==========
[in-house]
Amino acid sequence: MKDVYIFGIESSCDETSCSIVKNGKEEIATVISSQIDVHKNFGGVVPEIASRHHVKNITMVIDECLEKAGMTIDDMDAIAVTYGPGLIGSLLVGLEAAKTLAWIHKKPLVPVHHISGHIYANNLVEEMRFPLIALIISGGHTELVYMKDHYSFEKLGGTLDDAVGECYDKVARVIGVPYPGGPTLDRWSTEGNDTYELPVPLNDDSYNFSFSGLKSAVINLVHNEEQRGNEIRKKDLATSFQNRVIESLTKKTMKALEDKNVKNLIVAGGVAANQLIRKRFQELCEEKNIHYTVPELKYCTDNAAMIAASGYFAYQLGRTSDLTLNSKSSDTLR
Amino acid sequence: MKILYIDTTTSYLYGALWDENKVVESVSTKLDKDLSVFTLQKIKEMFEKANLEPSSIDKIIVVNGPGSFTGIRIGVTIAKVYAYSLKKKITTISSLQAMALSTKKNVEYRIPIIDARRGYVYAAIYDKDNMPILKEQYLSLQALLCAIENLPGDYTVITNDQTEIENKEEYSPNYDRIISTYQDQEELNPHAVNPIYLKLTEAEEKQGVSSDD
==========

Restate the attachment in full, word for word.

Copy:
[in-house]
Amino acid sequence: MKDVYIFGIESSCDETSCSIVKNGKEEIATVISSQIDVHKNFGGVVPEIASRHHVKNITMVIDECLEKAGMTIDDMDAIAVTYGPGLIGSLLVGLEAAKTLAWIHKKPLVPVHHISGHIYANNLVEEMRFPLIALIISGGHTELVYMKDHYSFEKLGGTLDDAVGECYDKVARVIGVPYPGGPTLDRWSTEGNDTYELPVPLNDDSYNFSFSGLKSAVINLVHNEEQRGNEIRKKDLATSFQNRVIESLTKKTMKALEDKNVKNLIVAGGVAANQLIRKRFQELCEEKNIHYTVPELKYCTDNAAMIAASGYFAYQLGRTSDLTLNSKSSDTLR
Amino acid sequence: MKILYIDTTTSYLYGALWDENKVVESVSTKLDKDLSVFTLQKIKEMFEKANLEPSSIDKIIVVNGPGSFTGIRIGVTIAKVYAYSLKKKITTISSLQAMALSTKKNVEYRIPIIDARRGYVYAAIYDKDNMPILKEQYLSLQALLCAIENLPGDYTVITNDQTEIENKEEYSPNYDRIISTYQDQEELNPHAVNPIYLKLTEAEEKQGVSSDD